As the prospects that protectionist legislation would pass steadily improved even as tight U.S. monetary policy was being maintained, deflationary signs became increasingly clear and alarming. The panic of October 1929, in our view, was not, as much Great Depression historiography describes it, the breaking of a speculative bubble, but a correct realization that a toxic confluence of monetary and trade policies was leading the world over a deflationary precipice.

Once the deflation took hold, the nature of the gold standard with a fixed price of gold was such that gold would likely appreciate against weak currencies that were likely to be formally devalued, or allowed to float, relative to gold. A vicious cycle of increasing speculative demand for gold in anticipation of currency devaluation further intensified the deflationary pressures (Hamilton, 1988). Moreover, successive devaluations by one country at a time increased the deflationary pressure in the remaining gold-standard countries. A uniform all-around devaluation might have had some chance of quickly controlling the deflationary process, but piecemeal deflation could only prolong the deflationary pressure on nations that remained on the gold standard.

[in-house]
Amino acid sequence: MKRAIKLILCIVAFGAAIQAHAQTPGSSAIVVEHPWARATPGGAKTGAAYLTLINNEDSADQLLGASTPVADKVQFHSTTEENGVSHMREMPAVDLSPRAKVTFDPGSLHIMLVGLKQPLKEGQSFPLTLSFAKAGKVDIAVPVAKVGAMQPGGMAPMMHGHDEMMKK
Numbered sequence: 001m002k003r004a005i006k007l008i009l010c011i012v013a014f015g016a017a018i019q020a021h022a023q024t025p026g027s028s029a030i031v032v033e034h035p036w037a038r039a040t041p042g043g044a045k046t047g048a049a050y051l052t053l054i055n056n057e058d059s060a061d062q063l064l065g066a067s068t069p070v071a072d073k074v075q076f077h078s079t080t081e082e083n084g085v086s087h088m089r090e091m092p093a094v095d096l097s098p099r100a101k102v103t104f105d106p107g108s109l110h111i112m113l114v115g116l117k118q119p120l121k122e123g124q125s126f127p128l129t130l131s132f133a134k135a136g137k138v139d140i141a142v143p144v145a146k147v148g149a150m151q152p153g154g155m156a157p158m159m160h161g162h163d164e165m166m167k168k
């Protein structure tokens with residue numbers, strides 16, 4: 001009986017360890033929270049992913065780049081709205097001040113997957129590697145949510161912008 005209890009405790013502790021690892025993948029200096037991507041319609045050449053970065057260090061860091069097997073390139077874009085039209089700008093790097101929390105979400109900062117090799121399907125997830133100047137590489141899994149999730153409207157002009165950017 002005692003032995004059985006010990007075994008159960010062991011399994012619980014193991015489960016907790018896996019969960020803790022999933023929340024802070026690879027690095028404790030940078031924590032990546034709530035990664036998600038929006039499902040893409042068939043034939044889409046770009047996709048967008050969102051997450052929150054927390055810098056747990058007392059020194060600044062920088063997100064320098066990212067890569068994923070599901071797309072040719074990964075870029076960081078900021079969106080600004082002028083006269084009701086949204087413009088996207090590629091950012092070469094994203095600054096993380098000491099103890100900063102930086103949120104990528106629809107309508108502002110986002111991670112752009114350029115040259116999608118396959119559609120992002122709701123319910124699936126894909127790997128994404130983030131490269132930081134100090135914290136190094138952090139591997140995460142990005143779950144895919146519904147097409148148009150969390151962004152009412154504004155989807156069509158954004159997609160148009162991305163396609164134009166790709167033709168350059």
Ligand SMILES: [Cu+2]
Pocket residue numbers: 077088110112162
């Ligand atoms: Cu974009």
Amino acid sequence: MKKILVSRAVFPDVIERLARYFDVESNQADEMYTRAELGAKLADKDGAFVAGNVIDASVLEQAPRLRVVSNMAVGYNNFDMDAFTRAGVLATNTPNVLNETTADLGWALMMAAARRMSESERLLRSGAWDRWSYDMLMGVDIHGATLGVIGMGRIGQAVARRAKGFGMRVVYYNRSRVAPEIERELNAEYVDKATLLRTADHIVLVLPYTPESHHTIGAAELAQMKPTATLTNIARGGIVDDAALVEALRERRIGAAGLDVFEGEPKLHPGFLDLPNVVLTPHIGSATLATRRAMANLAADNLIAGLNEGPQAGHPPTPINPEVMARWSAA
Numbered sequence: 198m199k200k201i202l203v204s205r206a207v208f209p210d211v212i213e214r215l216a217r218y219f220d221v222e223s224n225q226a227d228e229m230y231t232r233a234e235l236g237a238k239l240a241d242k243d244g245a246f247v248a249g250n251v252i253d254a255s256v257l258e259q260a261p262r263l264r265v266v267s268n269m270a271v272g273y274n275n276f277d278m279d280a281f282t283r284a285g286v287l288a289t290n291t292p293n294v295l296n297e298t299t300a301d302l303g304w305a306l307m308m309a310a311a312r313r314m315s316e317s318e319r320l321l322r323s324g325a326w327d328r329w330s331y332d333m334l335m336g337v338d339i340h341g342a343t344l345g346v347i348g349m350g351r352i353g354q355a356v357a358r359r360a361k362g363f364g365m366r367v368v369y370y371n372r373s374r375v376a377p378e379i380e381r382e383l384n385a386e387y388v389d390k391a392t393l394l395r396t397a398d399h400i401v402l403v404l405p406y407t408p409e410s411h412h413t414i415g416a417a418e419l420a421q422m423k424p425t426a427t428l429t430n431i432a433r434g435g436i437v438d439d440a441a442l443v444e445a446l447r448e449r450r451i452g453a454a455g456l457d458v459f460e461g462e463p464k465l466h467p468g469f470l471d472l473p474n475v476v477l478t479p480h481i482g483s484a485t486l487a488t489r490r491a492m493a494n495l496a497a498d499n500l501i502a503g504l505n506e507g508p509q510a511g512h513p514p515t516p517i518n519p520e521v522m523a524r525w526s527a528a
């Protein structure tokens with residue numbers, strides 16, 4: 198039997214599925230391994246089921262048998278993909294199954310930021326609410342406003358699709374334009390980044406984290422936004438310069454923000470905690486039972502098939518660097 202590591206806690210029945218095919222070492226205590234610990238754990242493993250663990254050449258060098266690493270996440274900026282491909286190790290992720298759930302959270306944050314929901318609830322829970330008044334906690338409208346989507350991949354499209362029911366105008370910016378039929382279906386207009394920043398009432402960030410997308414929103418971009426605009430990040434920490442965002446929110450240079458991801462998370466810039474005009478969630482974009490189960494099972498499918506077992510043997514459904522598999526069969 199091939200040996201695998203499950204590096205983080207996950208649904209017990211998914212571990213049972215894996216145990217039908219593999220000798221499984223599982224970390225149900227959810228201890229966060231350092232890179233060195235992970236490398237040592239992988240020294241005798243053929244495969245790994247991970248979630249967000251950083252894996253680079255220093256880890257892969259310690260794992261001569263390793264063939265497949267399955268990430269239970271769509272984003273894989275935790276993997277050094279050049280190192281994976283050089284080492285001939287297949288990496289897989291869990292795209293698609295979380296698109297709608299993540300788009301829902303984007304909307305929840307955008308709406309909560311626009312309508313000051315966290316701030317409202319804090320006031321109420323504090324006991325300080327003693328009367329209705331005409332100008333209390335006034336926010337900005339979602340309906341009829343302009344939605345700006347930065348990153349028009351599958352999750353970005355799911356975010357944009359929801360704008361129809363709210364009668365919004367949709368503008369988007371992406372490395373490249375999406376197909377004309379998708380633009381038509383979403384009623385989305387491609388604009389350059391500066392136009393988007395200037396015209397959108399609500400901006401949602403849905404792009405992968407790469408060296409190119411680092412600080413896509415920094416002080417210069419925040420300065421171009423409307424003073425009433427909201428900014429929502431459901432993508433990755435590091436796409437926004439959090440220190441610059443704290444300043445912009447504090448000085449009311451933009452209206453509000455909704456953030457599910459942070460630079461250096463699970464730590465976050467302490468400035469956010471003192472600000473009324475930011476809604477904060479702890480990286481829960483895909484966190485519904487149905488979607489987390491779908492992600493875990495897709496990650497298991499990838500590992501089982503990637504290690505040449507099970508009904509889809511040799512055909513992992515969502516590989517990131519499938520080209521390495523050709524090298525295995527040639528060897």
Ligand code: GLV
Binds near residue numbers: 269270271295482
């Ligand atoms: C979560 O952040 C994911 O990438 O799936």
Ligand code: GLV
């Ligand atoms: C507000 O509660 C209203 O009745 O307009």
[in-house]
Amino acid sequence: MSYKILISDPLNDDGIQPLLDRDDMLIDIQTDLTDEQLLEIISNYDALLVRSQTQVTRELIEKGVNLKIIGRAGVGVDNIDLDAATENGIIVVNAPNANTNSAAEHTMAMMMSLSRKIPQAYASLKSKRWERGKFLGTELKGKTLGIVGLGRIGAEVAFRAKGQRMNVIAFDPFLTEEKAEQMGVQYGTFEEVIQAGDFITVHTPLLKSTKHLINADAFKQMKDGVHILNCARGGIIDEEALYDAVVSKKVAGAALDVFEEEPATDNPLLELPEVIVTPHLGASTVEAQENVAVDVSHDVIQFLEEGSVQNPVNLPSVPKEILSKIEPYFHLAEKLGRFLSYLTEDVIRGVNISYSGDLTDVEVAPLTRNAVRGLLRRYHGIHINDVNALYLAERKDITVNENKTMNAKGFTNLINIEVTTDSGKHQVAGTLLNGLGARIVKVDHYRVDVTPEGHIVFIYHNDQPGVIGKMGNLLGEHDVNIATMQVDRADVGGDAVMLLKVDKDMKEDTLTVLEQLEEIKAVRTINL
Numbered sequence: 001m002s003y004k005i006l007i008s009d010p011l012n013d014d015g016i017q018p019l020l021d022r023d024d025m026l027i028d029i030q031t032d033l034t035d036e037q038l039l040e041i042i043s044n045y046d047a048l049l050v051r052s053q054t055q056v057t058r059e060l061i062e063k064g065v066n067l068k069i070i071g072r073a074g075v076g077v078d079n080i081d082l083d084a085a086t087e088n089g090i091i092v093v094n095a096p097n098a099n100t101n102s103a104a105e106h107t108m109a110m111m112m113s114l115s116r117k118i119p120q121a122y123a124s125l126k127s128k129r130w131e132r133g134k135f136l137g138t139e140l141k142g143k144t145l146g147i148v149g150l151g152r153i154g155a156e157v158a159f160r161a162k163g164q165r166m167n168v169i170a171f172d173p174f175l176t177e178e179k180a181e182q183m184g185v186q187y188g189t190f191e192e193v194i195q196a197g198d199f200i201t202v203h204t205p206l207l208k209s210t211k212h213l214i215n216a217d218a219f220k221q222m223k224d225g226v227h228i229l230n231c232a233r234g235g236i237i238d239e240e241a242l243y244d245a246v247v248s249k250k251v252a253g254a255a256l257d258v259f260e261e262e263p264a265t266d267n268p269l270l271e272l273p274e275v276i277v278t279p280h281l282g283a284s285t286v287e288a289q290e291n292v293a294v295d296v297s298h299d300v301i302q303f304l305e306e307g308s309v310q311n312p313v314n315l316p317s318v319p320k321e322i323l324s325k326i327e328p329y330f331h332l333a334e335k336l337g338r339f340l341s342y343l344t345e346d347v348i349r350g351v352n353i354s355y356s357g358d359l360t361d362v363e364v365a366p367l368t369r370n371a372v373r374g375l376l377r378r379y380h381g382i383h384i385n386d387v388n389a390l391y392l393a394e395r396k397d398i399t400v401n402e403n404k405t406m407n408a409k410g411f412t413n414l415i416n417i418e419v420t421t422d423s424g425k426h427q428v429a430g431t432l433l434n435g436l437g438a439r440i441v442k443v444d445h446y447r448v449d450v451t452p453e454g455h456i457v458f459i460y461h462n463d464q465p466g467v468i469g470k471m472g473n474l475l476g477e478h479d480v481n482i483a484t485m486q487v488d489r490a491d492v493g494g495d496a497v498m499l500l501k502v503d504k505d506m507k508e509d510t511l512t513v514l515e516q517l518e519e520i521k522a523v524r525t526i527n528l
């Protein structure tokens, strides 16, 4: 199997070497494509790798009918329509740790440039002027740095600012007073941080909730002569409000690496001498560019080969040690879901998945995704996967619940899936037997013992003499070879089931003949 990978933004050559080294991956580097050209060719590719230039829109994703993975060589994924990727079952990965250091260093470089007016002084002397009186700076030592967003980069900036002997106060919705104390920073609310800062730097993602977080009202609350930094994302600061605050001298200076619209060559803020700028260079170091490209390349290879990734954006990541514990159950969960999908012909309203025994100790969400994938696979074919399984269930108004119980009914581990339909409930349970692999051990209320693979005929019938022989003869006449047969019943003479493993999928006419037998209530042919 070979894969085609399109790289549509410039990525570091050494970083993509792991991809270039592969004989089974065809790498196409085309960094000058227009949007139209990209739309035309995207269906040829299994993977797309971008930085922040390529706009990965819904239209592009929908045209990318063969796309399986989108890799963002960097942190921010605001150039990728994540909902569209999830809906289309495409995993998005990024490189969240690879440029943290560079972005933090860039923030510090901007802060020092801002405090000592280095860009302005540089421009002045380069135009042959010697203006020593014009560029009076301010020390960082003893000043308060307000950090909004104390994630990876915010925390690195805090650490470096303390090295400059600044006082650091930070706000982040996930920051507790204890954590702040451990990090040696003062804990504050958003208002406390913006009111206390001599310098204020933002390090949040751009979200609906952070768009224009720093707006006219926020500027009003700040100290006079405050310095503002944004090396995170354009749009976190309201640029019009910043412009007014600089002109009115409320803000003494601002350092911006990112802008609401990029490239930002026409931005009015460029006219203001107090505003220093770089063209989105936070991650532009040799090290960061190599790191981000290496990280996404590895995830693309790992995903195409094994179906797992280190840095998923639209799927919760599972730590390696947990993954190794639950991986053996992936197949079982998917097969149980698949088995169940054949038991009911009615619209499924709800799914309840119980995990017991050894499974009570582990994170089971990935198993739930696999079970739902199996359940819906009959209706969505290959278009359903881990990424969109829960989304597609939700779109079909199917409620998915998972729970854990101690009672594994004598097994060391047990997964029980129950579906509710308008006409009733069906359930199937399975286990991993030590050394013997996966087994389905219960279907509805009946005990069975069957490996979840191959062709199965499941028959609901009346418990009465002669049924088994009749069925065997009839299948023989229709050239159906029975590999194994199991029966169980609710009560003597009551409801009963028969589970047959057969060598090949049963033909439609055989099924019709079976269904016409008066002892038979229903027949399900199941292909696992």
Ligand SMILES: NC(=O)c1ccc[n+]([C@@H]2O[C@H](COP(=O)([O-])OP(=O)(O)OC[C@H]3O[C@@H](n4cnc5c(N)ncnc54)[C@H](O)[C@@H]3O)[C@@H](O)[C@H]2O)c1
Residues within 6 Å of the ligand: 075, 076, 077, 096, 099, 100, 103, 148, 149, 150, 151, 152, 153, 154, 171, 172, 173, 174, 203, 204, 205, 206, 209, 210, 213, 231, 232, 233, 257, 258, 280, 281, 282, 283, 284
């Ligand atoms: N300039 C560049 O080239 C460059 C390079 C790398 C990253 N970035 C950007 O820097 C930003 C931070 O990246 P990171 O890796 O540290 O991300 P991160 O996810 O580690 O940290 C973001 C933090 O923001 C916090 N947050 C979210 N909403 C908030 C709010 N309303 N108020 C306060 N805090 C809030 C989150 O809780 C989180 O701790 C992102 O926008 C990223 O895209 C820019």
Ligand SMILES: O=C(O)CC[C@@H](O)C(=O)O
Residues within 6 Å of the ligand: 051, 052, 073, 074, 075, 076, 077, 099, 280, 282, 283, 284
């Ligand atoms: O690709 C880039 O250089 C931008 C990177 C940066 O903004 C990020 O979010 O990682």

[1] The United States, as a matter of law, always resisted such a comparison, contending that the war debts were commercial obligations in no way comparable to the politically imposed reparations. However, as a final matter, there was obviously a strict correspondence between the two sets of obligations. The total size of German obligations was never precisely determined. However, those obligations were certainly several times the size of the war debts owed the United States. Focusing simply on the U.S.-German relationship is therefore simply a heuristic device.

[2] Viewed from a different perspective, the tariff aimed at transferring wealth from the foreign debtors to the U.S. government by taxing debt payments on debt already fixed in nominal terms. Moreover, deflation from whatever source increased the real value of the fixed nominal debts owed the U.S.

About Me

David Glasner
Washington, DC

I am an economist in the Washington DC area. My research and writing has been mostly on monetary economics and policy and the history of economics. In my book Free Banking and Monetary Reform, I argued for a non-Monetarist non-Keynesian approach to monetary policy, based on a theory of a competitive supply of money. Over the years, I have become increasingly impressed by the similarities between my approach and that of R. G. Hawtrey and hope to bring Hawtrey's unduly neglected contributions to the attention of a wider audience.